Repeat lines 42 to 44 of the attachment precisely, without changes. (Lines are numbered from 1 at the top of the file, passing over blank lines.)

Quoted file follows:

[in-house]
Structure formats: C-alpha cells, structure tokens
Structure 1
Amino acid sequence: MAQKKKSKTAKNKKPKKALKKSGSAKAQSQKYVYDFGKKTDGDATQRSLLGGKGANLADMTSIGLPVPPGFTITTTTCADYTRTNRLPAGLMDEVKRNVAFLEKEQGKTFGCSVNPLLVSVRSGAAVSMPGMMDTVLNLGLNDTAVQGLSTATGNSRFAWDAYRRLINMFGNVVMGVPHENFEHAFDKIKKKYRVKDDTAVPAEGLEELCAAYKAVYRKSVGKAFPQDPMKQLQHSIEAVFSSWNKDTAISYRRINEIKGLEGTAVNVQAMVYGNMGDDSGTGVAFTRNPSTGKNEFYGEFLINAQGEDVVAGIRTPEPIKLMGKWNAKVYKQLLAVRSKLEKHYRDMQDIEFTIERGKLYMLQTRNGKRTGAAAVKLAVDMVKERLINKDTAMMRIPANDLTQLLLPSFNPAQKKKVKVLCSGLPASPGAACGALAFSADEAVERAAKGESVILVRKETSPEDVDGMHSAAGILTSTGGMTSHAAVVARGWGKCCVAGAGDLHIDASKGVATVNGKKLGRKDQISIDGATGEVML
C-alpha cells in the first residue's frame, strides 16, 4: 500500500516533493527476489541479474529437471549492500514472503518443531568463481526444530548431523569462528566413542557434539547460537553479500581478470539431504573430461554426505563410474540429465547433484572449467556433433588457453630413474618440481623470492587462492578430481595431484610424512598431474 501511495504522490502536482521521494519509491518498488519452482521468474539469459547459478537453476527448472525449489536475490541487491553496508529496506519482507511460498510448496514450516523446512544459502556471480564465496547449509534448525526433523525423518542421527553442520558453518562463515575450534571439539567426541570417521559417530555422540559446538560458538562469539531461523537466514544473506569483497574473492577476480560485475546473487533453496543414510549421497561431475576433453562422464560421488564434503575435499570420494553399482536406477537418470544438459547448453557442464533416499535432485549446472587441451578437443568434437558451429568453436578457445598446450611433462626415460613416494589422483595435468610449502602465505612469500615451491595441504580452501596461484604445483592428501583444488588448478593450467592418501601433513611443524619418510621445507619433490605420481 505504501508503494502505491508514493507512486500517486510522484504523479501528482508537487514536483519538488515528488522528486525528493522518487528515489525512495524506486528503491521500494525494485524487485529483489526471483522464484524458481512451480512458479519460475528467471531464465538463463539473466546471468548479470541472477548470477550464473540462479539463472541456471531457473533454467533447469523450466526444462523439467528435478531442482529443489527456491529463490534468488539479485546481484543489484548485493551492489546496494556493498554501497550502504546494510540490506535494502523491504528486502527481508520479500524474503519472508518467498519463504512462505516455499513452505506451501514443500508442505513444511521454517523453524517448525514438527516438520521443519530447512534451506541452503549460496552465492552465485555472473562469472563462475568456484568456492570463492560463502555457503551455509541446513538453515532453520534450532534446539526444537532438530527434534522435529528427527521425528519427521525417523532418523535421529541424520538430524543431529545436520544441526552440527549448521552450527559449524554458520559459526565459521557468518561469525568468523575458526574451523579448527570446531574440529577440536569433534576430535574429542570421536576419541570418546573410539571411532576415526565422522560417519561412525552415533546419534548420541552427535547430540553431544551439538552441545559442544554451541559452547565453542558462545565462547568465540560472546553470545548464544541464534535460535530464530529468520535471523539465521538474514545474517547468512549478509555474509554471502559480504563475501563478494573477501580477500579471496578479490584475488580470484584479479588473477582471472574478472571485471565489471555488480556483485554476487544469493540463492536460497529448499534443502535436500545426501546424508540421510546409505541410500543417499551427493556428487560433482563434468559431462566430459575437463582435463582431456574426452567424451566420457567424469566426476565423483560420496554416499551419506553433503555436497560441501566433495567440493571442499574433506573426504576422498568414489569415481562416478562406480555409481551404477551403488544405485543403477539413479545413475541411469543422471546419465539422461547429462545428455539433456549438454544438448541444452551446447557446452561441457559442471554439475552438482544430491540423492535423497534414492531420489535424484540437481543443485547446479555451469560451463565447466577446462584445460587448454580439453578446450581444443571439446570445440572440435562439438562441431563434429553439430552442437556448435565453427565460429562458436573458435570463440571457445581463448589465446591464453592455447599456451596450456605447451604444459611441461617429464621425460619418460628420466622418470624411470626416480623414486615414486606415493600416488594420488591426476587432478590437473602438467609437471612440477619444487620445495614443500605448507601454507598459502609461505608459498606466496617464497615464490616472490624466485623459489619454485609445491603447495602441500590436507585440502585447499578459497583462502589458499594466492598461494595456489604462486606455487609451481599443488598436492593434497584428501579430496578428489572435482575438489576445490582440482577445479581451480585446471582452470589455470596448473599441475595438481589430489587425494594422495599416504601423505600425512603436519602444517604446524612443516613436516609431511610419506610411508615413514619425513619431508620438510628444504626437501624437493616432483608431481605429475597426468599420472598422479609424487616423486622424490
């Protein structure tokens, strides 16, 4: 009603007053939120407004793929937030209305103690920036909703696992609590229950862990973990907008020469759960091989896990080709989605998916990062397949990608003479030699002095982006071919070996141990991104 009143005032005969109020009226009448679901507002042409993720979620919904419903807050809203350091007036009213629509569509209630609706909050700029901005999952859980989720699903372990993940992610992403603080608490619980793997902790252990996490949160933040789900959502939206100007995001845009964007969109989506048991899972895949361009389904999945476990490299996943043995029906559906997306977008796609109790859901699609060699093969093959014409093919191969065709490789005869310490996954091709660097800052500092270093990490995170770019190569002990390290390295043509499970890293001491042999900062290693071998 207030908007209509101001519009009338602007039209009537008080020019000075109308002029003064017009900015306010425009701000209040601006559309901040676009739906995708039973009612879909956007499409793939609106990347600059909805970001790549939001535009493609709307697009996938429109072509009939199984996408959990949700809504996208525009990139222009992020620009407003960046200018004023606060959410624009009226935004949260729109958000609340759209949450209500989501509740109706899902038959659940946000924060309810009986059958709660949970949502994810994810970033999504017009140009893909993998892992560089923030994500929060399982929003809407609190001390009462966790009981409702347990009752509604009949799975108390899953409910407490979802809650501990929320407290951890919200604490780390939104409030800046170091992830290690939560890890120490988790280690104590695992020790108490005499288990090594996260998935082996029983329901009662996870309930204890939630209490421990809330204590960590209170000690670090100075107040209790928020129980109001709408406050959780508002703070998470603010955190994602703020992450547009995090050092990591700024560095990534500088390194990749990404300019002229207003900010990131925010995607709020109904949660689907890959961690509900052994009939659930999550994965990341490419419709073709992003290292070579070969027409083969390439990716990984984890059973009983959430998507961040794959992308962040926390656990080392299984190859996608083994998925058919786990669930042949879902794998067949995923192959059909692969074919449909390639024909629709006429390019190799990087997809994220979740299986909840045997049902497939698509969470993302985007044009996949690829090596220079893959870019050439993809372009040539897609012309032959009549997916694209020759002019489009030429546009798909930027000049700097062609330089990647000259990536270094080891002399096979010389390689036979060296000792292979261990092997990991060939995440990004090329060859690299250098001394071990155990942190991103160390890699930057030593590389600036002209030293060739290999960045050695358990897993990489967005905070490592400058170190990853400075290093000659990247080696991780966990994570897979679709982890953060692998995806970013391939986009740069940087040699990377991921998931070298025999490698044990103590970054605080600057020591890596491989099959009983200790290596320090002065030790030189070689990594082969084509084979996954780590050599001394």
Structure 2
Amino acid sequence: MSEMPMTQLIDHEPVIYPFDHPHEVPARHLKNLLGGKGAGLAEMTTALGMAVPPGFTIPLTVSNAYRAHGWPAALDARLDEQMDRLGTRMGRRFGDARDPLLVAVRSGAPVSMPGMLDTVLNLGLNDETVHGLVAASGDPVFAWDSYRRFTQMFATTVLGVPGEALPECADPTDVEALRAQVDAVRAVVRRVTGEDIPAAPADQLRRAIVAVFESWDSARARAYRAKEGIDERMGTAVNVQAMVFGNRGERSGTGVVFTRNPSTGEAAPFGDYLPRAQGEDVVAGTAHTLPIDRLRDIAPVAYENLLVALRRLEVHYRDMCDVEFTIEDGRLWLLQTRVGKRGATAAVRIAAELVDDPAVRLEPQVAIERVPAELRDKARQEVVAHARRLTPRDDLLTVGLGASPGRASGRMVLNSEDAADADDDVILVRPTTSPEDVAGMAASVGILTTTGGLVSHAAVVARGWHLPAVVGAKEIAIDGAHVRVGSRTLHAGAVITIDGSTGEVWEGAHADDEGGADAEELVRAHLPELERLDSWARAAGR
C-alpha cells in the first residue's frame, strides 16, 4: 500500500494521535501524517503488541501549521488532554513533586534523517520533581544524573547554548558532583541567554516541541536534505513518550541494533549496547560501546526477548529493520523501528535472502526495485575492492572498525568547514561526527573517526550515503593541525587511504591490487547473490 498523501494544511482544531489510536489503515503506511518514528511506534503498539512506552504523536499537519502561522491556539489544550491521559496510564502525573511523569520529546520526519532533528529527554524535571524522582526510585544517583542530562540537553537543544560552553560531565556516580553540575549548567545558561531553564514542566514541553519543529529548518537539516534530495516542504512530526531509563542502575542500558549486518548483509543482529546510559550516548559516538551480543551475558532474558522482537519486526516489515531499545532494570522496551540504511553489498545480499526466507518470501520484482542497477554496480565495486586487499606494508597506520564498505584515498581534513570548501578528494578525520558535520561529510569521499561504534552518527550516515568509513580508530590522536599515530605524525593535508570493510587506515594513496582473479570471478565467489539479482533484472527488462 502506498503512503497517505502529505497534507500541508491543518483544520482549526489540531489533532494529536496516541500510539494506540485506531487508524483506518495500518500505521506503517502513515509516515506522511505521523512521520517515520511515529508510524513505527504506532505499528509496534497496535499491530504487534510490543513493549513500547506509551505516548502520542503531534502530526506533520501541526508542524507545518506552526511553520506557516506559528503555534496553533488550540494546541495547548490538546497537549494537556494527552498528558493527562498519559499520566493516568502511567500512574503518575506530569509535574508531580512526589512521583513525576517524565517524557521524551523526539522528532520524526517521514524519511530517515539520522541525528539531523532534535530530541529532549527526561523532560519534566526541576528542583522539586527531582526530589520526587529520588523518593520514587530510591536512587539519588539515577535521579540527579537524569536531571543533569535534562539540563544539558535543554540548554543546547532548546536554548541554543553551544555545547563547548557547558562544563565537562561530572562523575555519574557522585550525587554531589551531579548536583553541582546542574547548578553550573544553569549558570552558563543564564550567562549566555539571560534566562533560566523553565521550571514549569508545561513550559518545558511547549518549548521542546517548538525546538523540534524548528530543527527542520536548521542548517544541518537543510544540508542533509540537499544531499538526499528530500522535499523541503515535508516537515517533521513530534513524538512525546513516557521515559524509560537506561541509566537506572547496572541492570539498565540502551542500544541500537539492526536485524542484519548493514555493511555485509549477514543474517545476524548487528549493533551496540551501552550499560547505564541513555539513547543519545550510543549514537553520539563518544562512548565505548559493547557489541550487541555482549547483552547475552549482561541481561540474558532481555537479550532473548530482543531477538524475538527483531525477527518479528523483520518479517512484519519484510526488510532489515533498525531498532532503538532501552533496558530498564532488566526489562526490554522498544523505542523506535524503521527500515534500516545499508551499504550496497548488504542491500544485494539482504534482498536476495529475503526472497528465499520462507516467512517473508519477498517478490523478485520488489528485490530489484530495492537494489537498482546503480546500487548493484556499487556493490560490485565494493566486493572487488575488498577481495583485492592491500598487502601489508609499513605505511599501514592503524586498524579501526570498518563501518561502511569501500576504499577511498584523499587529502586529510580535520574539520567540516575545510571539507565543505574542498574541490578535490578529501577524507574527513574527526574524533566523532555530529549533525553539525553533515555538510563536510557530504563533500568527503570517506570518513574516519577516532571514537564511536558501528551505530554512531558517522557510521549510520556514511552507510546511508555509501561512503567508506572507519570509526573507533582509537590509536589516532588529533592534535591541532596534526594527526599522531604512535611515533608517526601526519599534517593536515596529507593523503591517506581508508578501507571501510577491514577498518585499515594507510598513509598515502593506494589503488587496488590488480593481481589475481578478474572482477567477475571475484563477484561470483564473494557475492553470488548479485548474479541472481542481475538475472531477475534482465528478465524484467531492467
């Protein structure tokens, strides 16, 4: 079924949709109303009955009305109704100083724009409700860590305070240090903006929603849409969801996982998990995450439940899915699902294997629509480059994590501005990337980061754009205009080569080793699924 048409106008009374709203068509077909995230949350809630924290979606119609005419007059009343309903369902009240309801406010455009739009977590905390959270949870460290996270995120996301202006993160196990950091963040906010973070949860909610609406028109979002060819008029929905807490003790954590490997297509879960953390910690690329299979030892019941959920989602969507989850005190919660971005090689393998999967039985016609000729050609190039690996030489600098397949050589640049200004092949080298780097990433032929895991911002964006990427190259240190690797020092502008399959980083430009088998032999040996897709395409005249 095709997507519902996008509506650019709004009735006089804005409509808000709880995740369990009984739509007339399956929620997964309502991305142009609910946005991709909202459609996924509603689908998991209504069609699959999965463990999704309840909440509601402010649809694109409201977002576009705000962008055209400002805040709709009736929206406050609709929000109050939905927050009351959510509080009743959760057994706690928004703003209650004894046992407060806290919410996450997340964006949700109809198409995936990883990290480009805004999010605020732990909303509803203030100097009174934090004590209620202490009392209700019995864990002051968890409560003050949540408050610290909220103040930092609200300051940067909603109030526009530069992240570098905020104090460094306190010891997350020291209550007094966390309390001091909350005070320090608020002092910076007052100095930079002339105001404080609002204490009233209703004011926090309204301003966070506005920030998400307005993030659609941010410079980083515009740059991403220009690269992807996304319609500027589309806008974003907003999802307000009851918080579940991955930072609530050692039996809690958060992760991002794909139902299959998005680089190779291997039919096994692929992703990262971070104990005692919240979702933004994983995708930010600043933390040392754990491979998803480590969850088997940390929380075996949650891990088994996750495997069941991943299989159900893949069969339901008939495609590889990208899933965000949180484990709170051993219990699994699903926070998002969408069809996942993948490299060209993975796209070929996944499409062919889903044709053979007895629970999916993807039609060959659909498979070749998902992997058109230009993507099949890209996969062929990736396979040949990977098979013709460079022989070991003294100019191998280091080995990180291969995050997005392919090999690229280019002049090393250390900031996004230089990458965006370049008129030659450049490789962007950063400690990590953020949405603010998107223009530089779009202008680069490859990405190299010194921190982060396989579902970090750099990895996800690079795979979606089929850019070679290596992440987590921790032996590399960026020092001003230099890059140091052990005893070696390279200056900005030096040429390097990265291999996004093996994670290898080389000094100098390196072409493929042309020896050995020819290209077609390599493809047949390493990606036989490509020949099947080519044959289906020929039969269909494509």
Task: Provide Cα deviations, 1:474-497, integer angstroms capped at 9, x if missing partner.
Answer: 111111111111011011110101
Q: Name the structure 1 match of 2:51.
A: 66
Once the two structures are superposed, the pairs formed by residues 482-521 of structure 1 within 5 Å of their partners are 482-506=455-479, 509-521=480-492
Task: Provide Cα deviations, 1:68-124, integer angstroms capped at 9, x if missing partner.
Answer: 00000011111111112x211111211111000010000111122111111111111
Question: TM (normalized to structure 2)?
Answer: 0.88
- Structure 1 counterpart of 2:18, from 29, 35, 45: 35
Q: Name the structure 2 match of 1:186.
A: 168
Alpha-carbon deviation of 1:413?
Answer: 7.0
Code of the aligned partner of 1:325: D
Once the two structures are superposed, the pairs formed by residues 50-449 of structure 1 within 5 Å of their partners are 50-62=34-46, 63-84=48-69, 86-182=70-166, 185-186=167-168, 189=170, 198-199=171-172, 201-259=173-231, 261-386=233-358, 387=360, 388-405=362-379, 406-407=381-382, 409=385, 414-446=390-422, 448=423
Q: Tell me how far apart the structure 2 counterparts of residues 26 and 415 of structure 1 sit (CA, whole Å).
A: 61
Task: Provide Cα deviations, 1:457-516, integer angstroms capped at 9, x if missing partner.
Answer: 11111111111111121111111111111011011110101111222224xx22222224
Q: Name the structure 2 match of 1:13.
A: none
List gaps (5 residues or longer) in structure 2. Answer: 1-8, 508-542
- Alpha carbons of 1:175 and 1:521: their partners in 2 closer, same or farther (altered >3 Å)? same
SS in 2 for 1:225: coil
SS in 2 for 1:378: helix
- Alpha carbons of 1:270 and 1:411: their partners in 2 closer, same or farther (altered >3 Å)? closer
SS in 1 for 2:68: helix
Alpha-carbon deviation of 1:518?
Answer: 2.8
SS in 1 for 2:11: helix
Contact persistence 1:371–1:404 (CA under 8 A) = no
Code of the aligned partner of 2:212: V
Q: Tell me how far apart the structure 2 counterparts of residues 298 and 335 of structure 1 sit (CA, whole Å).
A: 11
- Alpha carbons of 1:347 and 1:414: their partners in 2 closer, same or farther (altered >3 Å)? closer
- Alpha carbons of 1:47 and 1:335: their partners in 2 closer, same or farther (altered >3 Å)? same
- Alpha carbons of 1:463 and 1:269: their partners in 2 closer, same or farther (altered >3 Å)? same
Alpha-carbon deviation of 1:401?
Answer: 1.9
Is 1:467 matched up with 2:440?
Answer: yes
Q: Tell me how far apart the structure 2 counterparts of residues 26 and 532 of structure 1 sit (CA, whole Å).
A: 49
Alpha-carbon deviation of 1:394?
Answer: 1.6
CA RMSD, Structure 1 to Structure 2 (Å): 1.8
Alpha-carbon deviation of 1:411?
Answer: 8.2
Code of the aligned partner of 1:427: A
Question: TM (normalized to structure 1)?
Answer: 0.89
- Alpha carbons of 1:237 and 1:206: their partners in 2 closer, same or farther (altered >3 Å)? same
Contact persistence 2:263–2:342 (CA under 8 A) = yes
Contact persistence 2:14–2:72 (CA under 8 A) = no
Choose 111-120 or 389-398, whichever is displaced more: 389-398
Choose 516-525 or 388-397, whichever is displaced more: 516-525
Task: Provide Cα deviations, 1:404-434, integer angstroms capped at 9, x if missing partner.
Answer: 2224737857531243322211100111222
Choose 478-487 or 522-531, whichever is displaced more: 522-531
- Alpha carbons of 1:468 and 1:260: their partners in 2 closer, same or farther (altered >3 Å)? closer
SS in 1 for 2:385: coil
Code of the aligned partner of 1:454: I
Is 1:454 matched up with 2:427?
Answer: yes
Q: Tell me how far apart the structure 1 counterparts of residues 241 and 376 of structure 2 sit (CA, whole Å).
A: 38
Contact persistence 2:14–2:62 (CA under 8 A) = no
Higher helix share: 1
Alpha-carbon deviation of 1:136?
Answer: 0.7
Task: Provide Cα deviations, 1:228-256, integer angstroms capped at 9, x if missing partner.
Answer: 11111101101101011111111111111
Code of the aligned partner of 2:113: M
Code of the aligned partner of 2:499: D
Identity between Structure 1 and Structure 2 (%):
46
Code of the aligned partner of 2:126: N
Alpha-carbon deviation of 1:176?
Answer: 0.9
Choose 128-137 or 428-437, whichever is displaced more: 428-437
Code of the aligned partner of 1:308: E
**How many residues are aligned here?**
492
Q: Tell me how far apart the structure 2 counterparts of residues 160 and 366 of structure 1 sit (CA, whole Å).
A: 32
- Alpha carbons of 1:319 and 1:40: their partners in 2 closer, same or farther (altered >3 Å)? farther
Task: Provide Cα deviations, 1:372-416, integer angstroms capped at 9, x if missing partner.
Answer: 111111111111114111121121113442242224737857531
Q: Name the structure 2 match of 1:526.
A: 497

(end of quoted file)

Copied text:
Contact persistence 1:371–1:404 (CA under 8 A) = no
Code of the aligned partner of 2:212: V
Q: Tell me how far apart the structure 2 counterparts of residues 298 and 335 of structure 1 sit (CA, whole Å).